The thing about respect is that it isn't measurable. It isn't tangible. It's as impalpable as the air we breathe--yet it matters so very, very much. Is it vital to business success? We'd venture to guess that 99.9 percent of our readers would answer in the affirmative. Nonetheless, for homebased entrepreneurs, respect hasn't always come easily.
Consider the experience of Beverley Williams. Eleven years ago, when she was a desktop publishing entrepreneur, Williams hung out the metaphorical shingle and launched her Rockville, Maryland, business. The reactions she got--reactions that had nothing to do with the quality of her work, mind you--weren't everything she'd hoped for. "There were raised eyebrows and `Oh, sure, you're really working' [comments]," Williams recalls. "Even my father used to call me at 10 o'clock in the morning and say, `Well, have you gotten dressed yet?' It was just hard [for people] to believe that somebody could really and truly work at home."
Now we know what you're thinking, and it's our turn to answer in the affirmative: Yes, homebased business does receive far more respect than it ever has before. Yet for all the milestones achieved, the lack-of-respect issue remains something of a millstone around the necks of those who choose to work and live under the same roof. Far from an insignificant nuisance, this lack of respect manifests itself in the form of outdated zoning laws and apathetic legislators. Then, too, there are those wince-inducing media portrayals of bunny-slipper-clad homebased entrepreneurs. Depending on your experience, you may also encounter reluctant bankers, skeptical friends and a cadre of well-intentioned neighbors who mistake home time for leisure time. Taken in sum, these grievances add up to an ongoing dilemma for homebased business owners.
Let us begin not with the dilemma in its entirety, but with a simple five-letter word, one that should never, ever be uttered within earshot of any homebased entrepreneur. The word--need you ask?--is "hobby." The inference that an entrepreneur's business is analogous to, say, stamp-collecting, can only be thought of as demeaning.
Williams, who founded the Rockville, Maryland-based American Association of Home-Based Businesses (AAHB) in 1991, is well-acquainted with this misconception. "I got a phone call from a gentleman not too long after I started the association," she reflects. "His question to me was, `What kind of businesses do you have as members?' You could tell by the tone of his voice he had a preconceived idea that I was a little old lady sitting at home crocheting booties for a consignment store."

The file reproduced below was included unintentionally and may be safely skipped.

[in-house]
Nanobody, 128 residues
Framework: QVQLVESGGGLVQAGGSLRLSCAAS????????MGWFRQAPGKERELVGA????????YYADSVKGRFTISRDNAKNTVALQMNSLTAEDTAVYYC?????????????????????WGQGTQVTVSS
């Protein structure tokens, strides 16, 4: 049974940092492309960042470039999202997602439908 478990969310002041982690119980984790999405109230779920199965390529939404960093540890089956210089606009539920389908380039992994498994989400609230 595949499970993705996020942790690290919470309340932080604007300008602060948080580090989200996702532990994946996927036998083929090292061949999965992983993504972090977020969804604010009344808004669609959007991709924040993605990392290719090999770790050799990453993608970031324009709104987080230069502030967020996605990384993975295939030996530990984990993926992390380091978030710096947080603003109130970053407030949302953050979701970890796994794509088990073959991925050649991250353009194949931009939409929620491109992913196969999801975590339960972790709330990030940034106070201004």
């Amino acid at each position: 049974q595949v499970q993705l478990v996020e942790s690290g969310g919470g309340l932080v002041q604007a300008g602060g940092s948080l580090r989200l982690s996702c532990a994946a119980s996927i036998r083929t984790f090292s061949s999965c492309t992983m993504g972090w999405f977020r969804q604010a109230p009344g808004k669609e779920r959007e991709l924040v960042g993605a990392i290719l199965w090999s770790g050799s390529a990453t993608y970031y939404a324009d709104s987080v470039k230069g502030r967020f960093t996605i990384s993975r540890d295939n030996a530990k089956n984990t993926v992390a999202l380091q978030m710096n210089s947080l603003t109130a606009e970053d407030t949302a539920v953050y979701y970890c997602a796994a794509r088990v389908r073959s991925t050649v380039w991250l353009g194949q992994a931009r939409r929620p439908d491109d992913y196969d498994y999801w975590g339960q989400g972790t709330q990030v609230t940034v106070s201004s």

That, of course, is not the reality. Indeed, as the technological revolution keeps humming away, homebased entrepreneurship is a study in sophistication. "Homebased businesses are very much ahead of the loop," says Gaithersburg, Maryland, homebased management consultant Ronald Wohl, 55. "Most homebased businesses have computers, and they use them for communication, e-mail and the Internet."
"We have all we need through technology," concurs Jennifer J. Johnson, 35, whose Aptos, California, marketing, public relations and media services firm electronically subcontracts work out to fellow homebased operators throughout the country. "We're now in this information-enlightened age."
This enlightenment isn't purely functional, however. As technology enhances homebased business capabilities, a welcome byproduct appears to be enhanced respectability. "Technology has absolutely driven this," says Eileen Kugler, 47, who launched her Springfield, Virginia, public relations company six years ago. "Homebased businesses are no longer something you hide or make excuses for. In some ways, you're an entrepreneur on the cutting edge."